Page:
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Tuesday, April 12, 2016

Environmental Injustice Exacerbated by Zoning

GeoFact of the Day Blog Exclusive Essay

Citing this Work (MLA Formatting)
"Environmental Injustice Exacerbated by Zoning." GeoFact of the Day Blog. Wonderful World Blog Publishing, 12 Apr. 2016. Web.

A variety of community factors – political processes, residents lacking political authority, zoning rules, etc. – are consequential to the effectiveness of governments and activists addressing environmental injustice. One example of such consequences involves Chester, Pennsylvania residents telling company and government officials (allies supporting each other with monetary deals and permits) the community’s concerns about waste facilities – but failing to reach their objectives since many hazardous Chester facilities still operate (Cole and Foster 38). The negative consequences of zoning on environmental injustice are sometimes not explained in detail (e.g. with case study analysis) in various scholars’ work. While authors such as Bullard et al. (“Toxic Wastes and Race at Twenty: 1987-2007”) do not explain unjust zoning practices with the support of case study analysis, these authors and others (Cole and Foster; Ferraro and Peller) do contribute helpful suggestions and ideas to resolve environmental injustice.

Two authors who do describe the consequences of zoning ordinances on environmental injustice – and include a case study to provide a real-world example – are Cole and Foster (From the Ground Up: Environmental Racism and the Rise of the Environmental Justice Movement). The authors include a specific section analyzing the premises of zoning ordinances and their effects on environmental injustice/racism. Cole and Foster comment that residents with African heritage have seen their communities be “re-zoned as industrial [areas] by white planning boards” (Cole and Foster 69) – in a similar fashion to government officials encouraging (with easy permits, tax incentives, etc.) hazardous waste disposal facilities to move in and transform Chester into an industrial district (Cole and Foster 38). Authors of the United Church of Christ’s “Toxic Wastes and Race at Twenty: 1987-2007” report would support Cole and Foster’s argument by saying that “more than nine out of ten [planning and zoning board] members are white” (Bullard et al. 135). More research could be done to find valid statistics and ordinance actions to support a statement that planning/zoning boards with mostly white members ignore or exacerbate (intentionally or not) environmental injustice.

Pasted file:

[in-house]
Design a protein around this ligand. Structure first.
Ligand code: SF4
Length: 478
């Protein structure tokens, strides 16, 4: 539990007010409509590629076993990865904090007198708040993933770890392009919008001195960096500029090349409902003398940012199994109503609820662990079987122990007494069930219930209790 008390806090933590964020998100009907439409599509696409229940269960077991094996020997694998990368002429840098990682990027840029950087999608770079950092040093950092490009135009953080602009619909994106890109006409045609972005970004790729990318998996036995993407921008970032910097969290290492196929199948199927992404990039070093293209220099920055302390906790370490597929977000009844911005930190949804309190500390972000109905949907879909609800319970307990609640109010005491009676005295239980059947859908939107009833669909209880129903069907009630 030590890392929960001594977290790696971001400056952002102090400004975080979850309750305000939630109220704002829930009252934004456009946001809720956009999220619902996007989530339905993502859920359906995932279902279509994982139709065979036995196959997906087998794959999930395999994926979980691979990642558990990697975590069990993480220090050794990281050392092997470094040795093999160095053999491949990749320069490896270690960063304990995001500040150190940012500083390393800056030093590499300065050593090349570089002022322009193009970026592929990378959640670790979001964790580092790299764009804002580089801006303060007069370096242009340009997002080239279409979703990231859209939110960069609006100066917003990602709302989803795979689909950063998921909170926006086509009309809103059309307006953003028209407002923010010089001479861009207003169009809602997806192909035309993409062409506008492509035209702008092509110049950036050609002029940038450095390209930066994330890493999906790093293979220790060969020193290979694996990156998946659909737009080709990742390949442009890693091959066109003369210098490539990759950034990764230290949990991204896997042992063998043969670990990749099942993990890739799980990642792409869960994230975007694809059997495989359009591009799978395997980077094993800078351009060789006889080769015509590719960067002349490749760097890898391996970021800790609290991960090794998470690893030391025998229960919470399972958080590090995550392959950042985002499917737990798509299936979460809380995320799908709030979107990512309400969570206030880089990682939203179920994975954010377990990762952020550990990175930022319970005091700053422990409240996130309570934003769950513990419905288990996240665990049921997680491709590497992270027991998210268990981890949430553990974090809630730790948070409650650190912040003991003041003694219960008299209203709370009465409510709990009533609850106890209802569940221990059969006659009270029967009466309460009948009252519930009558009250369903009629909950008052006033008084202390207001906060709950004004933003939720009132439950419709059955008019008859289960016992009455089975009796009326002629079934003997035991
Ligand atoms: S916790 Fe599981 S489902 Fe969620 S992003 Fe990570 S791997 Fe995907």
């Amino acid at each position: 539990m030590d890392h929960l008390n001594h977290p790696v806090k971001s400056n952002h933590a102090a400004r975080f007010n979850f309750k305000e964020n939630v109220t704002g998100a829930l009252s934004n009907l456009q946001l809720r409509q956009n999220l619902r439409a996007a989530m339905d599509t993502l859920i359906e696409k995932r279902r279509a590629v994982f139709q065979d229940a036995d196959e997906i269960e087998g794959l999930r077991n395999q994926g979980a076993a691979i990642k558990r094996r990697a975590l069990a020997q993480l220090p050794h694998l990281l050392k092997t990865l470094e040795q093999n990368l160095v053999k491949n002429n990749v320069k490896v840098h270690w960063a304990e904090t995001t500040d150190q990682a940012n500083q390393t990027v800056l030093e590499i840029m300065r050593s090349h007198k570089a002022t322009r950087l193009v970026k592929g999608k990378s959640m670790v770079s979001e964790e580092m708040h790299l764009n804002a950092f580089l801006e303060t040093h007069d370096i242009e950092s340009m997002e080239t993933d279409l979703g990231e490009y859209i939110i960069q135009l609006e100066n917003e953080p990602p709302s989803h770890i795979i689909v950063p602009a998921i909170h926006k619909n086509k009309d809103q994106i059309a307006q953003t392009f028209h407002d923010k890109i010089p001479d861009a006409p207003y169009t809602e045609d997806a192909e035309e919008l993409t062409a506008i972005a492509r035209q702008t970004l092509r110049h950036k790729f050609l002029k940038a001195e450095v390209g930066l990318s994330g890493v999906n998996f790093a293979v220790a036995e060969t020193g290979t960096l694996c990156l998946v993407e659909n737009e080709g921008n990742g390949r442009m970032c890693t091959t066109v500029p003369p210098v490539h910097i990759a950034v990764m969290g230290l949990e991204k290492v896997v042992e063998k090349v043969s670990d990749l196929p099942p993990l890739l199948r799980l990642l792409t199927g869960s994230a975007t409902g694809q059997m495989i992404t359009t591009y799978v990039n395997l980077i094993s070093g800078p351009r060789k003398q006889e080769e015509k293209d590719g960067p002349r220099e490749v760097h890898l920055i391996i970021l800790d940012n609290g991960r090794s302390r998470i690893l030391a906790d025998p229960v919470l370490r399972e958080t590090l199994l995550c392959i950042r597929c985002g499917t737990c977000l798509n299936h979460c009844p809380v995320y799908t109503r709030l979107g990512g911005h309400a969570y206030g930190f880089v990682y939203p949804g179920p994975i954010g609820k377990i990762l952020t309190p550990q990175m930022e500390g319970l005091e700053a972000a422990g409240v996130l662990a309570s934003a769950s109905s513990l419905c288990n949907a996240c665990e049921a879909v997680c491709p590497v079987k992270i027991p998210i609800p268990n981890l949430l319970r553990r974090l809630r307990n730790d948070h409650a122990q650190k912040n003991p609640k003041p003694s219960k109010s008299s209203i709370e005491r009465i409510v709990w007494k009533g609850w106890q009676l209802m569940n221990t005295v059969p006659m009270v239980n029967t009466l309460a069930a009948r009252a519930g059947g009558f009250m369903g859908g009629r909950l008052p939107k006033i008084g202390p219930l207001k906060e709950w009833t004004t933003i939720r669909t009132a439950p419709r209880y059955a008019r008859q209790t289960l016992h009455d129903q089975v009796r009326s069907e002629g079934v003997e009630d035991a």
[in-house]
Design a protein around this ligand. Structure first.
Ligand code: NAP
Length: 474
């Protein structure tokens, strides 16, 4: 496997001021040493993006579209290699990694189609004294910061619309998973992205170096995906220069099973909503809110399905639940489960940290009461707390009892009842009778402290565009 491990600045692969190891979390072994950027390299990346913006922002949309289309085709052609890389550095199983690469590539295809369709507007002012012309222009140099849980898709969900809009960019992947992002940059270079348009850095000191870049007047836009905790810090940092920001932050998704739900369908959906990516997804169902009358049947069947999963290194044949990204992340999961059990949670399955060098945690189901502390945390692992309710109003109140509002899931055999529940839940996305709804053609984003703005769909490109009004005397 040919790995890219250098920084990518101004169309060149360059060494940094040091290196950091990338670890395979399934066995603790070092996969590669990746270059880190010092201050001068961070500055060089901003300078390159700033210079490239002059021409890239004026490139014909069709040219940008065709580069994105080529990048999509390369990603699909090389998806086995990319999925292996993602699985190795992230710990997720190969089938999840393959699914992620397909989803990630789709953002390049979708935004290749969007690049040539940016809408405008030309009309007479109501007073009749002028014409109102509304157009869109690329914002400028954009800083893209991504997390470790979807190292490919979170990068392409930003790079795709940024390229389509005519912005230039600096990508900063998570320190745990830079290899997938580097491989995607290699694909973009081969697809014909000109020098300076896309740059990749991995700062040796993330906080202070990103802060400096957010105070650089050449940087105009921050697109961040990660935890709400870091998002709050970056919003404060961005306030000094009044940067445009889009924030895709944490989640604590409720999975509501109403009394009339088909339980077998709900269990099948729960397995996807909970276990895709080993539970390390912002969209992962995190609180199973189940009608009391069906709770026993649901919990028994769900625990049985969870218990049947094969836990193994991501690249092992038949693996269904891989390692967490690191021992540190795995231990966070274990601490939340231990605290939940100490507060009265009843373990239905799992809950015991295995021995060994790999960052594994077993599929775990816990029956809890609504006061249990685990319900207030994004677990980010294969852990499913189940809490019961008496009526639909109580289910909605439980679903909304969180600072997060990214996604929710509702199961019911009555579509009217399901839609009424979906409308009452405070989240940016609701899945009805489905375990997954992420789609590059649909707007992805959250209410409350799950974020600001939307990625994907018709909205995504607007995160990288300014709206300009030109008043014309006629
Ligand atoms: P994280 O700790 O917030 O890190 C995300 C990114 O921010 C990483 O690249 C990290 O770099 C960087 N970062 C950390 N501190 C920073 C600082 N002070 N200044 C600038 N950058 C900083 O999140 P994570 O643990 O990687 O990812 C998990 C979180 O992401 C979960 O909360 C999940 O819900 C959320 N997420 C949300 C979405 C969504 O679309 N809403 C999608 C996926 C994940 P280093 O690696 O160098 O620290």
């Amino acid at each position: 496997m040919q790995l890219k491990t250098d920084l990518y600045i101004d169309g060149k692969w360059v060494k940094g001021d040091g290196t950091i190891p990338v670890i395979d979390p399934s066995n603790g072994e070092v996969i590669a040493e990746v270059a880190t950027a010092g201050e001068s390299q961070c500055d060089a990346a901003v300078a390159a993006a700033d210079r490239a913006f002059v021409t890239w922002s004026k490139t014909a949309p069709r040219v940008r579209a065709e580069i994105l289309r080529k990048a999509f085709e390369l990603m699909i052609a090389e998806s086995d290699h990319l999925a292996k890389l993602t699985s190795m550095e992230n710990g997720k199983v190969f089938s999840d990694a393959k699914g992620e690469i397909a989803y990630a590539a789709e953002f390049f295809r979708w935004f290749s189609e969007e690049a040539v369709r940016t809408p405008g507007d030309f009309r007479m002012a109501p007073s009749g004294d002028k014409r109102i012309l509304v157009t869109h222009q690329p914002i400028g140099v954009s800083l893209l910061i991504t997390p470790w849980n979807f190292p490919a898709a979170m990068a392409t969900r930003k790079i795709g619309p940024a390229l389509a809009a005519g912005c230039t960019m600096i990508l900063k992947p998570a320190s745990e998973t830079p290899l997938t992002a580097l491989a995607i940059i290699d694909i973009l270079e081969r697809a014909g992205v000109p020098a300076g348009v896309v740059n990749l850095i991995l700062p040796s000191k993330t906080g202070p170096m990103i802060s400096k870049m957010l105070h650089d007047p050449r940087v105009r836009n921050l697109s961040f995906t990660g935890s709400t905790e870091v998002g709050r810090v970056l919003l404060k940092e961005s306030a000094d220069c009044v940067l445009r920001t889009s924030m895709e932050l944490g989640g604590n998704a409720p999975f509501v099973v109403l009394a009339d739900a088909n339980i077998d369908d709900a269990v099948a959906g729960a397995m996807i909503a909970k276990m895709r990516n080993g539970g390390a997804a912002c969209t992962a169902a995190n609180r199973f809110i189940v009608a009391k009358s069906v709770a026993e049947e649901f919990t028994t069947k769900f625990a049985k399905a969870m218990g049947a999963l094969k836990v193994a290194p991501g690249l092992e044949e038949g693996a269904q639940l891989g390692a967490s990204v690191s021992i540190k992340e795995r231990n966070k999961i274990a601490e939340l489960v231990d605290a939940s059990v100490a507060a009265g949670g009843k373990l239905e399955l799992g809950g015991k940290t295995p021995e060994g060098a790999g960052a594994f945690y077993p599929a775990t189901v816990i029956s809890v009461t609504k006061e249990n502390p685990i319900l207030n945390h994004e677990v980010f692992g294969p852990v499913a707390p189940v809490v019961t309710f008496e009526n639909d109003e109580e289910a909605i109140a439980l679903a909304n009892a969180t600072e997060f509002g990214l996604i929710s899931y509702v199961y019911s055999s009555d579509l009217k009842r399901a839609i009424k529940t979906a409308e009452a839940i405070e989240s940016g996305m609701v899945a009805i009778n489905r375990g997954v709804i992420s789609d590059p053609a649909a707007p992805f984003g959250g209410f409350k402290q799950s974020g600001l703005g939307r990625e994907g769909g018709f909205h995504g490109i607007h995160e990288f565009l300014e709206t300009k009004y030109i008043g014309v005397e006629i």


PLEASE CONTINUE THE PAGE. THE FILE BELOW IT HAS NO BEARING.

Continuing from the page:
Cole and Foster quote a scholar’s concise – but arguably generalized – point about zoning’s environmental injustice (“expulsive zoning”). Yale Rabin’s notion that “zoning decisions are not made with reference to race” (quoted in Cole and Foster 69) could arguably be disputed; this is because intent or lack of intent could be difficult to prove especially if case-by-case political factors of communities are ignored or generalized. However, opponents of this argument might agree with Rabin in saying that the zoning decisions’ impact “has profound racial implications” (ibid. 69). Therefore, this discussion of zoning and its consequences relating to environmental racism could have been inserted immediately before or after the Chester, Pennsylvania case study. I suggest this so readers can essentially “connect the dots” – understanding that municipal zoning actions can be a force for environmental injustice. After all, the Chester Residents Concerned for Quality of Life (CRCQL) activist group wanted to pressure the City Council to amend the zoning ordinance for addressing concentrated sitings of hazardous waste disposal facilities (ibid. 49).

In summary, Cole and Foster explain the zoning-environmental injustice connection with support from the Chester case study and academic thought from urban planner and civil rights activist Yale Rabin. Meanwhile, Bullard et al. does not provide case study evidence of discriminatory zoning ordinances, especially in saying this statement: “Historically, exclusionary zoning has been a subtle form of using government authority and power to foster and perpetuate discriminatory practices—including environmental planning. … Local land use and zoning policies are ‘a root enabling cause of disproportionate burdens and environmental injustice’ in the United States” (Bullard et al. 135). Kim Ferraro of the Hoosier Environmental Council and Dr. Julie Peller agree with the idea of zoning being discriminatory, saying that “people of color and those who did not own land” did not have the political authority nor encouragement from government representatives to participate in land use decision-making (Ferraro and Peller 6). This disenfranchisement of citizens was negatively consequential because a strong, robust environmental justice movement of citizen activism could prevent the “siting of even more industrial facilities in their neighborhoods” (ibid. 6). An active environmental justice movement led by citizens of Northwest Indiana communities similarly might pressure officials to revise zoning ordinances – discouraging the location of large polluting industrial districts adjacent to residential areas with rules encouraging mixed-use and/or energy-efficient urban developments.